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Local News from WAMU 88.5

Thursday, July 31, 2014

D.C. School Test Scores Inch Up, But No Repeat Of 'Historic' Jumps

D.C. officials announced today that math and reading proficiency rates were again up for the city's public and charter schools, though some of the gains were modest and others uneven.

Like Other Cities, D.C. Moves To 'Ban The Box' On Job Applications

Starting later this year, D.C. employers will no longer be able to ask potential employees about their criminal histories until after a conditional job offer is made.

Jonnie Williams On Stand Again Today In McDonnell Corruption Trial

Former Star Scientific CEO Jonnie Williams will take the stand again today in the trial of former Virginia Gov. Bob McDonnell, and his testimony could be key in the case.

Just How Bad Is Metro's Blue Line?

The start of the Silver Line has meant fewer Blue Line trains during Metro's rush hour — but is riding the Blue Line now really as bad as its been made out to be?

Frederick Sheriff Chuck Jenkins Calls For Militarization Of U.S.-Mexico Border

Following a fact-finding mission to the U.S.-Mexico border, Sheriff Chuck Jenkins of Frederick, Maryland, explains why he advocates the militarization of the border in response to the recent immigration crisis.

Friday, August 1, 2014

Should D.C.'s Animal Control Officers Be Allowed To Use Sirens In Emergencies?

Animal control officers want to use sirens on their vehicles if they get struck in traffic when responding to emergencies.

Schools, Social Services Feel the Heat Amid Influx Of Central American Children

How are local schools and social service agencies dealing with the flow of unaccompanied children from Central America?

D.C.'s Urban Farmers See Climate Change In How Their Gardens Grow

The impacts of climate are affecting change on the fruits and vegetables grown by D.C.'s crop of urban farmers.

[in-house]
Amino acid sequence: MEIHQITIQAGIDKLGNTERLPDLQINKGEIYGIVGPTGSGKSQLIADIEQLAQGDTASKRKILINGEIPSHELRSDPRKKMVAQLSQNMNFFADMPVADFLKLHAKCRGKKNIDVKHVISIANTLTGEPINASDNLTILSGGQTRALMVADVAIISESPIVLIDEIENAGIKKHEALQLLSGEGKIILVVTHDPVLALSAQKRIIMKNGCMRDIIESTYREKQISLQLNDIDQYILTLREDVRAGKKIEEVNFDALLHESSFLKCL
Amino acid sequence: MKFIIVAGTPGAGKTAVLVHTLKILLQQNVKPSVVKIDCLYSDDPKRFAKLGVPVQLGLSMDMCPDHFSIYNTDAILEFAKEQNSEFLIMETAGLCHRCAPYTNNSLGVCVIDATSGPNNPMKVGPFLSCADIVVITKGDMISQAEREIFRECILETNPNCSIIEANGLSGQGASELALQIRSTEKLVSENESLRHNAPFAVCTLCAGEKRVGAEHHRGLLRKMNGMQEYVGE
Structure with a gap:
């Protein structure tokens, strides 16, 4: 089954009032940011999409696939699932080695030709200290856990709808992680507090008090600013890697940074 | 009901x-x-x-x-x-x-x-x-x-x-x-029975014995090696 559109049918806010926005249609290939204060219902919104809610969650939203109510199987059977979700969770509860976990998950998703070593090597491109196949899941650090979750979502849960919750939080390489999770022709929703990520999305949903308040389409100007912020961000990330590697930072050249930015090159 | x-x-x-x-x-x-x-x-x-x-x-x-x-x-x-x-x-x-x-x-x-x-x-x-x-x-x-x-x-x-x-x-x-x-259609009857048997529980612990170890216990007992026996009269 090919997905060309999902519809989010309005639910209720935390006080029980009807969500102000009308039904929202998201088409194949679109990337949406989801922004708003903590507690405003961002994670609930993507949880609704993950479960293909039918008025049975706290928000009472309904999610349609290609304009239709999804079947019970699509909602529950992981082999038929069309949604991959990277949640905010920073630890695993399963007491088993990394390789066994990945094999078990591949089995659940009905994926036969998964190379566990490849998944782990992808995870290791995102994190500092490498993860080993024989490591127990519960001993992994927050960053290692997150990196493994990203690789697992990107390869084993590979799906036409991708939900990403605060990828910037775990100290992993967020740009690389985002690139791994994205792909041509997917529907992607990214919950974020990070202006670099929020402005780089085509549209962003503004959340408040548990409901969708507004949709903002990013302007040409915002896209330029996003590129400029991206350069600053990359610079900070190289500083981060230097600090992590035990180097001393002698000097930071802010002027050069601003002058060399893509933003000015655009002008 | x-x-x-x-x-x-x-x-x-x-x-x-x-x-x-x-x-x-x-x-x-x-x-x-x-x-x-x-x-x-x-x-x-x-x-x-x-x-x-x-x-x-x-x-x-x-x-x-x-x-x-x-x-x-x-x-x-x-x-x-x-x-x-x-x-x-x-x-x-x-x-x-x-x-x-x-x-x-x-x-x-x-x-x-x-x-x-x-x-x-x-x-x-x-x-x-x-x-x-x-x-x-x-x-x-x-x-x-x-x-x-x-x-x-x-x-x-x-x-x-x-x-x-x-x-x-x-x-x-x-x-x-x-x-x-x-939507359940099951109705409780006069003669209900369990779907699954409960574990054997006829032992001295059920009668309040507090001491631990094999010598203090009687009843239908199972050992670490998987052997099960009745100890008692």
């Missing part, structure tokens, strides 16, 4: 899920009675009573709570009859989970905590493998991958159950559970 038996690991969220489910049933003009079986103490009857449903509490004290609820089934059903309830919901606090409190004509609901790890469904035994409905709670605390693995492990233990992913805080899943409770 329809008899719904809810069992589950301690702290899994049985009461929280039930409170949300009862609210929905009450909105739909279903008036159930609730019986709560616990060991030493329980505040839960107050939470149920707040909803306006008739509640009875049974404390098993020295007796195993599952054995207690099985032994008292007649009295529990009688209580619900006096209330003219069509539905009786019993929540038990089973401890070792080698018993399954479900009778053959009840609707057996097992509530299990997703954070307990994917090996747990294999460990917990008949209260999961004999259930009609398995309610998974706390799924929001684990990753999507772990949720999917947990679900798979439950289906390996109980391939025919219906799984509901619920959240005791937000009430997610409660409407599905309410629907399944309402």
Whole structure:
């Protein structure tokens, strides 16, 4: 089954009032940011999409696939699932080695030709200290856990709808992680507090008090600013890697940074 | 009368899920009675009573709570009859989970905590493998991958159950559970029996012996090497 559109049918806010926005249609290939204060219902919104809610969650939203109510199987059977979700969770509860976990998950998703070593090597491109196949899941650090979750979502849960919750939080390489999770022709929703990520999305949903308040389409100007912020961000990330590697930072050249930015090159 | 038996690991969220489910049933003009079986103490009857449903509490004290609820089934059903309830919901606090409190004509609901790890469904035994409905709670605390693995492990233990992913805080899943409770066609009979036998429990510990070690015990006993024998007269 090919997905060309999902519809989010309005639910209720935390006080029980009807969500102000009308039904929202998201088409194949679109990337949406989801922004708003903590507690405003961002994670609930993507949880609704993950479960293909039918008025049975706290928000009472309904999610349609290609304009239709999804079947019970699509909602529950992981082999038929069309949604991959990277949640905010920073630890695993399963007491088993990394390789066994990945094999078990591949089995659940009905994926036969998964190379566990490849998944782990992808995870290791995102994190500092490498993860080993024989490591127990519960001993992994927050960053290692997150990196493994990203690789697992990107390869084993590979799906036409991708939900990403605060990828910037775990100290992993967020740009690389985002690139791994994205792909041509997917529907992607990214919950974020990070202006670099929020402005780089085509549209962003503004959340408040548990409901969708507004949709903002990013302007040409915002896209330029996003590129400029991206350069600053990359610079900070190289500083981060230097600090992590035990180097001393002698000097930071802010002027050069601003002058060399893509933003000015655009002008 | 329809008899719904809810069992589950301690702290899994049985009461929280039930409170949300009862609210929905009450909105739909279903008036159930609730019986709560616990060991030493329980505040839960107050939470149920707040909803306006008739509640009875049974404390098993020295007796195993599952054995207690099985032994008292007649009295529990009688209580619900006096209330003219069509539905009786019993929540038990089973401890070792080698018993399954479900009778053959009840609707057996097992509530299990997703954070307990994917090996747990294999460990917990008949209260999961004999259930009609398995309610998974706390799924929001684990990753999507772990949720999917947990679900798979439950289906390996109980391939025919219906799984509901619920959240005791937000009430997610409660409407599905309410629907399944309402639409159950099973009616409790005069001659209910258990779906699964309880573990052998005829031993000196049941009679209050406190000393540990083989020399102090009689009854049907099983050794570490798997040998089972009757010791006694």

How Hot Are D.C.'s 'Heat Islands'?

Ever wonder how much D.C.'s black pavement and roofing heats up the city in the summer? We have answers.

One Bird's Haunting Lesson For Us, 100 Years After Its Death

In the late 1800s, passenger pigeons filled the skies in the U.S. By 1914, there was just one left.

Beating The Odds: A Teen Mom Who Refused To Be A Statistic

A stranger on the Metro told Tanazia Matthews that, as another teen mother, she was destined to be a statistic. She explains how, through regimenting her time, she is able to both raise her son and make it through to college.

Why Are D.C.'s Official Weather Readings Measured in Virginia?

We dive in to the debate that's gone on for years: should Washington's temperature be taken across the river at Reagan National Airport?

This Week On Metro Connection: Feeling The Heat

We'll sweat it out with "Feeling the Heat," our annual show dedicated to summertime in the city.

Wednesday, July 30, 2014

Class Action Lawsuit Filed Against Metro Challenging Background Check Policy

The lawsuit is focusing on Metro's background check policy, saying it is overly broad and disproportionately disqualifies black applicants.

Warner Joins Bipartisan Group Targeting Sexual Assaults On College Campuses

The bill would force schools to provide confidential advisors to victims and forbids athletic departments from handling sexual assault cases themselves.

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